5:00pm. The show lights dim to 50%, a signal that it is time to close for the day. We start to power things down, close things up, and look forward to a good night's sleep. I make sure that all of our power strips are disconnected from the show power, because I have seen morning power-on surges fry transformers and leave people in a very bad way. Chances are slim, but pulling a couple of plugs reduces the chances even more. Finally, we lower the heavy table cloths that we brought to cover our equipment and head for the exit.
I invite Michael and Anselm for some dinner at Mel's Diner just around the corner. We're pretty hungry, as we didn't have breakfast, and my low cholesterol diet is about to be compromised in a serious way. As we are seated in our booth, I know what I crave. I feel like Harold and Kumar must have felt as they finally reached White Castle.
I want a strawberry milkshake. For me, this is a decadence that I reserve for special occasions, because I need to avoid sources of fat and cholesterol in my diet. But tonight, I feel only satisfaction as I consume this nectar of deities.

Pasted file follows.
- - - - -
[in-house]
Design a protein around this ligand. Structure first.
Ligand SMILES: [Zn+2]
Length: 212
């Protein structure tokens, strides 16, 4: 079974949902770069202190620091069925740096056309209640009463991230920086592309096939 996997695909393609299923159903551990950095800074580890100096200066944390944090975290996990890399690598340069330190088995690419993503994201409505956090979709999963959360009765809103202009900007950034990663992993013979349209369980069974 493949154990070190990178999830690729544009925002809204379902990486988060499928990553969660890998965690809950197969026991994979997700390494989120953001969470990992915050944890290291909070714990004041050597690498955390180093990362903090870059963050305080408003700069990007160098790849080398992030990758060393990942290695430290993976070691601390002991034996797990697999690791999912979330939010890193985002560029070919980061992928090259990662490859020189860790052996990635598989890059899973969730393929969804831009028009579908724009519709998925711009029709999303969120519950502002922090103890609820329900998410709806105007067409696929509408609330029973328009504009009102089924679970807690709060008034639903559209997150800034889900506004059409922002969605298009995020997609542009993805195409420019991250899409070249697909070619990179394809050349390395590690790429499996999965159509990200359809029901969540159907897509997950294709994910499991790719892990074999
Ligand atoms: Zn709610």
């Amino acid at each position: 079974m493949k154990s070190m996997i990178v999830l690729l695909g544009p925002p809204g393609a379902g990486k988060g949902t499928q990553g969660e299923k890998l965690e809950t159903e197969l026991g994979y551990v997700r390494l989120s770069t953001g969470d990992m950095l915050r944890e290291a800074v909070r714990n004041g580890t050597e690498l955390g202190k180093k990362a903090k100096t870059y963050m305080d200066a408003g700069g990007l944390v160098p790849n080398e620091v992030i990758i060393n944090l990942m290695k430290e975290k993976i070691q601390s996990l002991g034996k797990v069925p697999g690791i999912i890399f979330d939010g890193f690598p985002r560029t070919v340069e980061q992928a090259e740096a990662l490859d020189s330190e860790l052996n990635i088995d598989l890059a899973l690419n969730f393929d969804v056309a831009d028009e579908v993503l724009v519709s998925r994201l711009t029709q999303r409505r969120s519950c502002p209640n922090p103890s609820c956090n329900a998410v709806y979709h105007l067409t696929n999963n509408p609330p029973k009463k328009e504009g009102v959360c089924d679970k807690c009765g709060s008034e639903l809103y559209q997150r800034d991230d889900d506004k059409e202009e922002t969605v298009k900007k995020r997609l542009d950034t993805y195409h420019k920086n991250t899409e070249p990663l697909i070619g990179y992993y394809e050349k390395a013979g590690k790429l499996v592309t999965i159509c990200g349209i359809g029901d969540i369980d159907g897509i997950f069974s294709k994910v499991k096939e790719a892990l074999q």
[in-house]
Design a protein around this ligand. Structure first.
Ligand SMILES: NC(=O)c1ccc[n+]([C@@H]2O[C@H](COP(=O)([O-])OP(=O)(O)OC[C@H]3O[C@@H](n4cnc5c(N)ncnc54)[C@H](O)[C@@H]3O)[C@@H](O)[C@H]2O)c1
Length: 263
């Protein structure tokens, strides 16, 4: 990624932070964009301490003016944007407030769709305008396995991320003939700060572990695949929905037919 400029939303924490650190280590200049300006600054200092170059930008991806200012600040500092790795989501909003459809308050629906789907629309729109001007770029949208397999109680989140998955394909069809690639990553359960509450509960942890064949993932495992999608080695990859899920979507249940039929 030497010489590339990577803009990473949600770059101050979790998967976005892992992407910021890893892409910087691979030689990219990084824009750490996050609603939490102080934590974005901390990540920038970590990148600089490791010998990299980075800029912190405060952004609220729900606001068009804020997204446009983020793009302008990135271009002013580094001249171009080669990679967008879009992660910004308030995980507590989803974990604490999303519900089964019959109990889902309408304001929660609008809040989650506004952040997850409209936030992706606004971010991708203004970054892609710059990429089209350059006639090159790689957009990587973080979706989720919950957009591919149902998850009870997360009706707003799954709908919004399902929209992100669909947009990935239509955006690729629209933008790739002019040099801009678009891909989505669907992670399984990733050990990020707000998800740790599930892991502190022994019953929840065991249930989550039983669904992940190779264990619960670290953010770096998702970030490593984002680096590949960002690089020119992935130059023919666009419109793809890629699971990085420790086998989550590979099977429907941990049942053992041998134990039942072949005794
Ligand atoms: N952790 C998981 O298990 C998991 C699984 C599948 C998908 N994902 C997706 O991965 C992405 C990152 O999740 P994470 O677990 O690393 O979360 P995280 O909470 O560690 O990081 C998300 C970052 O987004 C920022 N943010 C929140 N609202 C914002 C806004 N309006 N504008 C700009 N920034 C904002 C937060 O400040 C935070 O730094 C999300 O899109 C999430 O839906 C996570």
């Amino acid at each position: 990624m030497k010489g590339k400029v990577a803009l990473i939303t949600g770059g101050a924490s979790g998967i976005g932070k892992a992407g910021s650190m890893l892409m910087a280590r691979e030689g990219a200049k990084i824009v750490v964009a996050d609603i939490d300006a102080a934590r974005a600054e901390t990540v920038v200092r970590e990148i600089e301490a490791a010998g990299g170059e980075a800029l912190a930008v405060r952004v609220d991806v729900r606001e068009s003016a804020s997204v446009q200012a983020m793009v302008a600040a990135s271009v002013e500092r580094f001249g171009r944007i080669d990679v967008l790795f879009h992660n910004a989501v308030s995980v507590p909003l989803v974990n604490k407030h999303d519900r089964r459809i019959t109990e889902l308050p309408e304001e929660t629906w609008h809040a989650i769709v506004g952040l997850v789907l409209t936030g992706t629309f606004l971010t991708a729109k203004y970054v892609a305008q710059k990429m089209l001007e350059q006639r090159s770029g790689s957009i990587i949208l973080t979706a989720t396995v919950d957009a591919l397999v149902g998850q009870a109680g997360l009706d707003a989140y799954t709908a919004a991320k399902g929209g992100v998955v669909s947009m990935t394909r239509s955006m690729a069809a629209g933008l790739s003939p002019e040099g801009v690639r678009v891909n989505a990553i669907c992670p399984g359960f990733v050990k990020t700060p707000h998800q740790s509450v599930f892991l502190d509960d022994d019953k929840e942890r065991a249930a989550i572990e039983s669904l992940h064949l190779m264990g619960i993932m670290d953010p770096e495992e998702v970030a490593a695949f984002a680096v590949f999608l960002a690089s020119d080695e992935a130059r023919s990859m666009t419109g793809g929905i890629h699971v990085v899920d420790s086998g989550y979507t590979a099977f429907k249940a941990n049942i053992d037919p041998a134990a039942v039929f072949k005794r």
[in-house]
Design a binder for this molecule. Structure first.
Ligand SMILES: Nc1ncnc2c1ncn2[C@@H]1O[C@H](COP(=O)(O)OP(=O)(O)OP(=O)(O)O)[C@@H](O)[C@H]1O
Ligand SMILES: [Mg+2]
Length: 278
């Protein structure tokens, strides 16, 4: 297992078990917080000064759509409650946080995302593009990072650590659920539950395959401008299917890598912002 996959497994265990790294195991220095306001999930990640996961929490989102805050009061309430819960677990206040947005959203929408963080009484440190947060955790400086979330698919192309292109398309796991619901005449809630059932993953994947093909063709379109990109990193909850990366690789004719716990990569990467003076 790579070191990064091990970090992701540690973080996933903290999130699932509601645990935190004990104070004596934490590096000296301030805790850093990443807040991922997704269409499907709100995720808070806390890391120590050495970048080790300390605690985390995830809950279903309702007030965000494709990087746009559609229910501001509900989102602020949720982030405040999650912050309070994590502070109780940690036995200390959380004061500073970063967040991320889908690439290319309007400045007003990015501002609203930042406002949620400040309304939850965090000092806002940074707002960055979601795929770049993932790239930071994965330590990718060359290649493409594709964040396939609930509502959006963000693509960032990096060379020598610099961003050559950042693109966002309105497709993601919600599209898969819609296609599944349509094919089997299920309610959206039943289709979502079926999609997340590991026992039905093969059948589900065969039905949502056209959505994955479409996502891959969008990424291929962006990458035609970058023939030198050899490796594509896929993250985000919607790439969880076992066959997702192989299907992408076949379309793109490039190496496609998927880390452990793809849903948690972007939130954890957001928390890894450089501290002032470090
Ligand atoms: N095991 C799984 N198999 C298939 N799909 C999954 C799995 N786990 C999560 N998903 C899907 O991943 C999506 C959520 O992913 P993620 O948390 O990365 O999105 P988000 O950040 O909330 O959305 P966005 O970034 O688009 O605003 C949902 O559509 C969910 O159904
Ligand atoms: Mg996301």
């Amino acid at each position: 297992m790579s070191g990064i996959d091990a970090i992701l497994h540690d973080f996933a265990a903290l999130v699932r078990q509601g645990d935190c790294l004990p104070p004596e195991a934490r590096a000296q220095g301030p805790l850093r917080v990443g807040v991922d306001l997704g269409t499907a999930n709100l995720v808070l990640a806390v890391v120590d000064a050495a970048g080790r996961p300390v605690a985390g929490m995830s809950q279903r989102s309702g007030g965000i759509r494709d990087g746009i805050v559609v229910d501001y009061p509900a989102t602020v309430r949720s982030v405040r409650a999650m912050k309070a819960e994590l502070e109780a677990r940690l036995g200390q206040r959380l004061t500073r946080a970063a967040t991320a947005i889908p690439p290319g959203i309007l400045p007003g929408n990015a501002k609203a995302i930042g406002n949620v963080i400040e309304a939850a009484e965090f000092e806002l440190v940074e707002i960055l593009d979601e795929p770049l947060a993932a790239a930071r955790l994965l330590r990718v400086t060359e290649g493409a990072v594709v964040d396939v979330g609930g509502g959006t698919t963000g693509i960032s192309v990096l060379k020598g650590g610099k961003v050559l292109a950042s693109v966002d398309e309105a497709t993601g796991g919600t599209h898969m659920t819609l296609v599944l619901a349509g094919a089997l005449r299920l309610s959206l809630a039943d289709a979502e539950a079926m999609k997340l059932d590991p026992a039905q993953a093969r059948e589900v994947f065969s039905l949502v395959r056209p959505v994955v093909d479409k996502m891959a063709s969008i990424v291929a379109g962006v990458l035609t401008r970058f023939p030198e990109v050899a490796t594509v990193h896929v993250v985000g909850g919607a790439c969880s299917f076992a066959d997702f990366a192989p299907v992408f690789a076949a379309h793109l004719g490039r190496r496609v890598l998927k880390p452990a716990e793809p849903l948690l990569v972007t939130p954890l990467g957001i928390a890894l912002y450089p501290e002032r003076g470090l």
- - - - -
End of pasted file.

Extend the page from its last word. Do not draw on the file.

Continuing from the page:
Anselm's the big eater of our group tonight. Markus was last night, I think. I get the feeling that big portions are popular in Germany. I order the turkey dinner -- I think Michael and Anselm are going for burgers. We all get milkshakes, after they see what mine looks like (and how much I enjoy it).
I find out from Michael that he is on the one-point-five-meal-a-day-on-average diet plan like I am. We just don't get around to eating as there are so many other things we like to do. It's fun to know other people have similar habits.
We finish dinner, pleasantly full, and head back out.
We're all a bit fried, and operating on a variety of time zones in our minds and bodies. I bid adieu to Michael and Anselm, and we head to our separate hotels. We pulled everything together today and made it work. I'm reminded of my favorite baseball announcer, Bob Prince, from when I was growing up in Pittsburgh. He was a great play-by-play guy, and at this moment I'm thinking of how after a really close game, where the Pittsburgh Pirates would pull out a victory, he would laugh knowingly and with complete conviction declare:
"We had 'em all the way!"
(maybe PJ will write that someday about the SCO litigation).
There were a lot of things that could have gone wrong, but they didn't. I really had always felt that we would make it here, and the right things would happen. Being with good people will do that -- give you confidence that you'll succeed.
8:00pm. I'm back in my hotel and have stayed awake about as long as I can. I'm still on east coast time, so I think it's 11:00pm. I fall asleep, pleasantly remembering the day's events, and looking forward to tomorrow.
----- End of Part 3 -----